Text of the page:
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Saving a Medal of Honor Recipient

Corporal William "Kyle" Carpenter was awarded the Medal of Honor for jumping on a grenade to save a fellow Marine during a firefight with Taliban insurgents in 2010.

It's the eighth Medal of Honor given to a survivor for actions in Iraq or Afghanistan.

While the country watched Corporal Kyle Carpenter receive his award, behind the scenes of it all,  is Christopher Frend. Frend is the man who helped save his life.

"When I first treated Carpenter it was like, holy cow, you only see this in the movies. So it was a shock to me. I was probably in shock myself while I was doing it," said Frend. 

Frend is  a hospital corpsman in the US Navy.
He's now at NAS Pensacola, but in 2010, he was the primary medical care-giver available to deployed marines in Afghanistan.
He remembers hearing a grenade go off and finding Carpenter and another marine unconscious and severely injured.

"When I first came to Carpenter, I didn't think he was alive because of the extent of the damage. The grenade blast split his jaw and dislocated it from his face. It was just hanging off the side of his mouth," said Frend.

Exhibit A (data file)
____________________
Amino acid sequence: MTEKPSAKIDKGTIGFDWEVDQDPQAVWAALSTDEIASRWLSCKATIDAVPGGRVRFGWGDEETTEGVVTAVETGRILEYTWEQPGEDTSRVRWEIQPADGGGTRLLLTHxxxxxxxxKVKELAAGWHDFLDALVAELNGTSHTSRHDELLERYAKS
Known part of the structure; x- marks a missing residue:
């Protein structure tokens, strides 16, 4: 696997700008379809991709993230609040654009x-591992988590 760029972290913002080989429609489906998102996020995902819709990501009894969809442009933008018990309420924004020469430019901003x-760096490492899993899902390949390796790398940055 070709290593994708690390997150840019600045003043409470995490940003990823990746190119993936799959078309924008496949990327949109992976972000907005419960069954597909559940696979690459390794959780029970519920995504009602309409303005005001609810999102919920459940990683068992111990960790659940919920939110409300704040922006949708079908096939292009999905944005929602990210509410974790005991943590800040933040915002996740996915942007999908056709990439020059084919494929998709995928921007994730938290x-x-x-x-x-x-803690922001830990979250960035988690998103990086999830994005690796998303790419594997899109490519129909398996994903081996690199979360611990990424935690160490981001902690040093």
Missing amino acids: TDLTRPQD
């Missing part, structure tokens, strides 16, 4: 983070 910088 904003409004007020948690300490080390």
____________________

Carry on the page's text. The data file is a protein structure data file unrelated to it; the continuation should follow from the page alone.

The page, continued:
Not having much to work with out there, his priority was to keep Carpenter breathing and stop the bleeding.
It took about 12 minutes for help to arrive, a fast response but it felt like a lifetime.

"I like black out. I don't know. The training kicks in and the adrenaline is going. And my main focus is, this is my friend and I wanna make sure he makes it home alive," said Frend.

And he did. Carpenter is alive today, in part thanks to Frend.
Frend flew out to Washington D.C. for this moment: to see Carpenter receive the Medal of Honor.
A moment he won't soon forget.
"I'm just excited to see that he's being recognized for what he's done. And it's an honor to say I have served with that guy," said Frend.